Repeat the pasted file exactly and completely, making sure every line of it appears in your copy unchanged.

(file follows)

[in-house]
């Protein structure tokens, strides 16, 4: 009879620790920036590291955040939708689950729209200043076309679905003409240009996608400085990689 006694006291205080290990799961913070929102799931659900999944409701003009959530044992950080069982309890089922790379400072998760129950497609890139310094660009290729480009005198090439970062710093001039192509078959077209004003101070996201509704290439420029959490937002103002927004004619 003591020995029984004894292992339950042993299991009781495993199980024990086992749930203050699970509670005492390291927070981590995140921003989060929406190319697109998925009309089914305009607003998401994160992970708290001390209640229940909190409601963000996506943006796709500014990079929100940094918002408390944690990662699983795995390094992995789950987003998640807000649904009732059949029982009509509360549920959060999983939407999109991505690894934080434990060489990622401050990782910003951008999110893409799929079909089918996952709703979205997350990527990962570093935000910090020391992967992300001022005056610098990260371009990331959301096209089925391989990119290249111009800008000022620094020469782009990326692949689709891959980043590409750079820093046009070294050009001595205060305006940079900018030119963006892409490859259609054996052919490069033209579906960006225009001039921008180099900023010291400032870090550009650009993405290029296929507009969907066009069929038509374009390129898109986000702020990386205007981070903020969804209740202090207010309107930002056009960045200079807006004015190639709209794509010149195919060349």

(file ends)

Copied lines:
[in-house]
């Protein structure tokens, strides 16, 4: 009879620790920036590291955040939708689950729209200043076309679905003409240009996608400085990689 006694006291205080290990799961913070929102799931659900999944409701003009959530044992950080069982309890089922790379400072998760129950497609890139310094660009290729480009005198090439970062710093001039192509078959077209004003101070996201509704290439420029959490937002103002927004004619 003591020995029984004894292992339950042993299991009781495993199980024990086992749930203050699970509670005492390291927070981590995140921003989060929406190319697109998925009309089914305009607003998401994160992970708290001390209640229940909190409601963000996506943006796709500014990079929100940094918002408390944690990662699983795995390094992995789950987003998640807000649904009732059949029982009509509360549920959060999983939407999109991505690894934080434990060489990622401050990782910003951008999110893409799929079909089918996952709703979205997350990527990962570093935000910090020391992967992300001022005056610098990260371009990331959301096209089925391989990119290249111009800008000022620094020469782009990326692949689709891959980043590409750079820093046009070294050009001595205060305006940079900018030119963006892409490859259609054996052919490069033209579906960006225009001039921008180099900023010291400032870090550009650009993405290029296929507009969907066009069929038509374009390129898109986000702020990386205007981070903020969804209740202090207010309107930002056009960045200079807006004015190639709209794509010149195919060349």